The ranting war of wills between the Johnsons and the wanna-be Marbles is a childlike mantra: "I'm the filthiest person alive!" "No--I am!" It's The Battle of Algiers in a sandbox, with the participants hurling feces at each other and the audience. And the finale--with Divine scarfing down dog shit to the lilting strains of Patti Page's "How Much Is That Doggie in the Window?"--elevates outrage to mythic levels.

John Waters' incendiary celluloid bomb, lobbed into theaters in the early 1970s, caused just the kind of havoc he envisioned. Screams of hilarity and outrage--walkouts and dismissals in disgust. After bloodying his hands with stabs at cinema like Mondo Trasho and Multiple Maniacs, it was time to get serious‹a full assault. Rounding up his "Dreamland" troupe--the 300-lb. Divine, David Lochary, Mary Vivian Pearce, Mink Stole, Channing Wilroy, scenic designer Vince Peranio, and makeup artist Van Smith (jokingly referred to as "the ugly expert")--Waters devised the simplistic plot: a war between two factions for the dubious distinction "Filthiest Person Alive" as a framework to systematically smash screen taboos and unleash his crackpot, acerbic view of the world. Divine became Babs Johnson, garishly made up, her hair shaved back and colored orange, squeezed into a tight dress and tottering on Spring-O-Laters-Anita Ekberg as Clarabelle, Jayne Mansfield as a Manson girl, Ma Kettle by way of Ma Barker. Babs is on the run with her outlaw family-the Harlow-haired voyeuristic daughter Cotton (Mary Vivian Pearce); her chicken-fucking hillbilly son Crackers (Danny Mills); and her mentally ill, egg-obsessed mother, Edie (Edith Massey), who spends her days in a playpen wearing a bra and girdle-Baby Doll fused with Mrs. Joyboy from The Loved One.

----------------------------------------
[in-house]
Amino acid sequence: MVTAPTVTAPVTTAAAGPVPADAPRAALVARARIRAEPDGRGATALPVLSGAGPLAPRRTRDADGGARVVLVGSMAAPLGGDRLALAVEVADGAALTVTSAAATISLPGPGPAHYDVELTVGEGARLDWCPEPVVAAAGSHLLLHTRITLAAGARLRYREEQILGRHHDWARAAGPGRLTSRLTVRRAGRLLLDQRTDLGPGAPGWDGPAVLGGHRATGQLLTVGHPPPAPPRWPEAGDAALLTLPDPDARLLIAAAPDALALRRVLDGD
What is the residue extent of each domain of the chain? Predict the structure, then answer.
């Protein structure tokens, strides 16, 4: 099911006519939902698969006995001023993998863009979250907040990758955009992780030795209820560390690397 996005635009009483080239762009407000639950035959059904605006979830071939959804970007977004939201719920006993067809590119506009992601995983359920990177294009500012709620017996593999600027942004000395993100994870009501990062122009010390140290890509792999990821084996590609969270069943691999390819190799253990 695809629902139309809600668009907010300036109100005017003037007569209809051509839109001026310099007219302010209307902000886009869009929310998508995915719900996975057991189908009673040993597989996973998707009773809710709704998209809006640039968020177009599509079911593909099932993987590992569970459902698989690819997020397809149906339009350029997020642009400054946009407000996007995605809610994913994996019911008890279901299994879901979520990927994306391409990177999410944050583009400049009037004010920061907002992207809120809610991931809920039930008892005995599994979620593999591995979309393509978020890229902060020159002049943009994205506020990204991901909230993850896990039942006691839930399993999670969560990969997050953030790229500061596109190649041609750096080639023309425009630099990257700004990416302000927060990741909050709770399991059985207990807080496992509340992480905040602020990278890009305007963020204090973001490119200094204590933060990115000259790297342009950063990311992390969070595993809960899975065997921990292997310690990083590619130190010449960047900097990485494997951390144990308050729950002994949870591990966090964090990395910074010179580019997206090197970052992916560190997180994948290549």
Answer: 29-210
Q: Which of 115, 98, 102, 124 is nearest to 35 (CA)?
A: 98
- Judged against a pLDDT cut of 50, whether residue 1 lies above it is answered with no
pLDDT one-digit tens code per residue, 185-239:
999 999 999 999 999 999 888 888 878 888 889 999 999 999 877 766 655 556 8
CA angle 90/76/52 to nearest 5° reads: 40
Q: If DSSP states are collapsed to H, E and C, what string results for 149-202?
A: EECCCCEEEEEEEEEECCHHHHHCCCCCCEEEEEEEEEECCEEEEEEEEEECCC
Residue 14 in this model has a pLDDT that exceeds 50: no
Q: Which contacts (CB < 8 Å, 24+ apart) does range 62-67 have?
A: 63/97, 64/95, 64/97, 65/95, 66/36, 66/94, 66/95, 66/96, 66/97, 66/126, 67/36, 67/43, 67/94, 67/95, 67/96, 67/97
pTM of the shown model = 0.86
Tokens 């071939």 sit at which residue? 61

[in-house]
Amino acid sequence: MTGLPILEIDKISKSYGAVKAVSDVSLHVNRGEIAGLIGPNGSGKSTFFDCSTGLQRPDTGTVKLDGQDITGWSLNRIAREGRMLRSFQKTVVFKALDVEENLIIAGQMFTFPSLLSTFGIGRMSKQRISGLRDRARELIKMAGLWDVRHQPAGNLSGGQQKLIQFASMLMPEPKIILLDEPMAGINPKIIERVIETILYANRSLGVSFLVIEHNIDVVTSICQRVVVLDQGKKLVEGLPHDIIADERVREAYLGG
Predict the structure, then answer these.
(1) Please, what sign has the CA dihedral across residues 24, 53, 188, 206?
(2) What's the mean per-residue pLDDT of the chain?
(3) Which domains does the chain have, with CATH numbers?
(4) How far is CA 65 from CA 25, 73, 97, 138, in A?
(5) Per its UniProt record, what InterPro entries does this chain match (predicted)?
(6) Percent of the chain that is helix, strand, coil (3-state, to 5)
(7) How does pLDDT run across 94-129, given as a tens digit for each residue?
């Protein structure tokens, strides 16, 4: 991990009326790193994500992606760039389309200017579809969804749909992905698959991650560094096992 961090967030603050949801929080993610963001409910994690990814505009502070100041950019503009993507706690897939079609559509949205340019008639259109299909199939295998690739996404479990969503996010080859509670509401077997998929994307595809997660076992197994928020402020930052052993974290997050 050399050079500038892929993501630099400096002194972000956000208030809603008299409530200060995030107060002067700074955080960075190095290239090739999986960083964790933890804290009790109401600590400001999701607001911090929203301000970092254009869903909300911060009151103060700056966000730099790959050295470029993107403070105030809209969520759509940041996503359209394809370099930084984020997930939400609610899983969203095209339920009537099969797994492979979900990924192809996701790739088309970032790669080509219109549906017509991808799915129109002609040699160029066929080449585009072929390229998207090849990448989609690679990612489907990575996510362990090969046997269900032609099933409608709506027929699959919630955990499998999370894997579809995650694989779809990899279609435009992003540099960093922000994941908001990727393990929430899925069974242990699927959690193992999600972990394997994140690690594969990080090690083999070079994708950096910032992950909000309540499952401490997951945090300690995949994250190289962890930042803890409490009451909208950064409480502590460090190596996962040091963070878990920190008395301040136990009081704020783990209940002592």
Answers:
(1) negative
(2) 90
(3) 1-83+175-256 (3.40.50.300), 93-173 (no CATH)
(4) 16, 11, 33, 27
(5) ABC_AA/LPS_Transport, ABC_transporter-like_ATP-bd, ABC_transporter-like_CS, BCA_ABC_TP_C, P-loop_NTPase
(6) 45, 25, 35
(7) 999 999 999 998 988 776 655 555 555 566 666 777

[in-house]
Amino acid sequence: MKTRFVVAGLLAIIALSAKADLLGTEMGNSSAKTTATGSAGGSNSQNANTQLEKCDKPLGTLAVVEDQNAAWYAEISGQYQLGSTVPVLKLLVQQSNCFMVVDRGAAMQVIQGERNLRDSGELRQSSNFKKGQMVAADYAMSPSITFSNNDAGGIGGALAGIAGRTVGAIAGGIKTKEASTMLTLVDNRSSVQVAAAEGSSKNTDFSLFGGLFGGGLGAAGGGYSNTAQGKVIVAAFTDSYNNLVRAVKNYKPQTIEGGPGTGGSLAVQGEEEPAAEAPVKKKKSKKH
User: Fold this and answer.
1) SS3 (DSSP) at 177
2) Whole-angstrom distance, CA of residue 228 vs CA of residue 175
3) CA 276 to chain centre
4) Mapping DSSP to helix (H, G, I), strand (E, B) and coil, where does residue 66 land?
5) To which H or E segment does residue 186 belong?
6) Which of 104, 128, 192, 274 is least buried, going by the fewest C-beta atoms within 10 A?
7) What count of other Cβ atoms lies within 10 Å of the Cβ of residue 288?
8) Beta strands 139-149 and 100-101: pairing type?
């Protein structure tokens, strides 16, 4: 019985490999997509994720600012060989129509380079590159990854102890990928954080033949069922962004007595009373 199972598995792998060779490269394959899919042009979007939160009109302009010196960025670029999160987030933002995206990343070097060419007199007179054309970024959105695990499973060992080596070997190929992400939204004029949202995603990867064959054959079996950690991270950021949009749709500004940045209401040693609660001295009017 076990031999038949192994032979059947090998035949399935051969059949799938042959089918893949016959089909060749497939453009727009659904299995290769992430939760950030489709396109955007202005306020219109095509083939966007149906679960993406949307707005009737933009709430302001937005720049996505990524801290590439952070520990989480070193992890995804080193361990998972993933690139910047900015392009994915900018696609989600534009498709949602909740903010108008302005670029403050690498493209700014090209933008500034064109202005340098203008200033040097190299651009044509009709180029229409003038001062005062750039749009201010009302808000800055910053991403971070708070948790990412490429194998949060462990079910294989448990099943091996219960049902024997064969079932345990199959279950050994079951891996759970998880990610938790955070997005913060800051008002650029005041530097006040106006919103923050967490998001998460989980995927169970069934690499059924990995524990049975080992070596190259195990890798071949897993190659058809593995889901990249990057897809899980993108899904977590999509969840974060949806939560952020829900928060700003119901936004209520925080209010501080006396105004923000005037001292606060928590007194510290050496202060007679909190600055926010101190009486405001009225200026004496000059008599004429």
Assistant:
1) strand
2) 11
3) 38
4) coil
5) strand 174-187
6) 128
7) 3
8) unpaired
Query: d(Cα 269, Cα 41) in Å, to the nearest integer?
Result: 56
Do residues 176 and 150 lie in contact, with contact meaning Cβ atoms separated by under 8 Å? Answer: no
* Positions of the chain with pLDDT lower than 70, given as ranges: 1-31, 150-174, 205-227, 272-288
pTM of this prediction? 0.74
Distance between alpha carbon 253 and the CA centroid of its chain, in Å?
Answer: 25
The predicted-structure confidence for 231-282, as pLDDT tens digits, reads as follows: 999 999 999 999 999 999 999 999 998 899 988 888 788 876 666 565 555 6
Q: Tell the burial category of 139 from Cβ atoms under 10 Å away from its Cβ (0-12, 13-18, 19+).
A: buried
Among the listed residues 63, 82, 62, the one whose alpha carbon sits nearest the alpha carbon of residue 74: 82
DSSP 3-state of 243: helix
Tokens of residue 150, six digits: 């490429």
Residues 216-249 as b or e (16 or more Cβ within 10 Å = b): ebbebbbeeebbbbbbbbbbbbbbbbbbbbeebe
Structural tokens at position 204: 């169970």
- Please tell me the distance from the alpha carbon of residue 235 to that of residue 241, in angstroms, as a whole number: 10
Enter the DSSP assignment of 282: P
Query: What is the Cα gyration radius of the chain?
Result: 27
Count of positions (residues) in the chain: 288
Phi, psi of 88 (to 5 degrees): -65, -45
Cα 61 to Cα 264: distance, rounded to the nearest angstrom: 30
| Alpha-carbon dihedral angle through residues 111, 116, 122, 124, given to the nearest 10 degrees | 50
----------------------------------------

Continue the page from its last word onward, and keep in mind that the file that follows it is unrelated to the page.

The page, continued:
Living out in the woods in Phoenix, Maryland in a mobile home, basking in the fame of being crowned "The Filthiest Person Alive" by the tabloid press, her title is challenged by a jealous Baltimore couple--the Mercurochrome-haired harridan Connie (Mink Stole) and blue-tressed Raymond Marble (David Lochary). Their struggle to wrest this mantle away includes kidnapping hitchhikers, impregnating them by their "rather fertile" servant Chan (Channing Wilroy), and selling the babies to lesbian couples, using the money to front an inner-city heroin ring. Overlaid with scratchy rock'n'roll 45s from Waters' encyclopedic collection, the movie piles shock upon shock--sex with beheaded chickens, singing sphincters, cannibalism--but the affronts are done with a hilarious, infantile joyfulness. Time has done little to dilute the joys and terrors of the film. What was intended as an assault on the hippie and bourgeois gay sensibilities of the '70s feels even more applicable in the conservative '90s. While the punk movement appropriated the extreme hair colors, everything else in the film still startles with its unique look and attitude. Waters' go-for-broke spirit bleeds through every frame; comic and angry, it established what became his signature: characters outside the norm of society, who exaggerate and flaunt their flaws and triumph at the end. It is not a surprise it influenced untold scores of edgy, would-be filmmakers. Audiences bonded with the renegade spirit. For many, myself included, it was a light in the dark--scary, funny, outrageous, and a defiant call to arms.

-- Dennis Dermody
Dennis Dermody is a film critic for Paper magazine.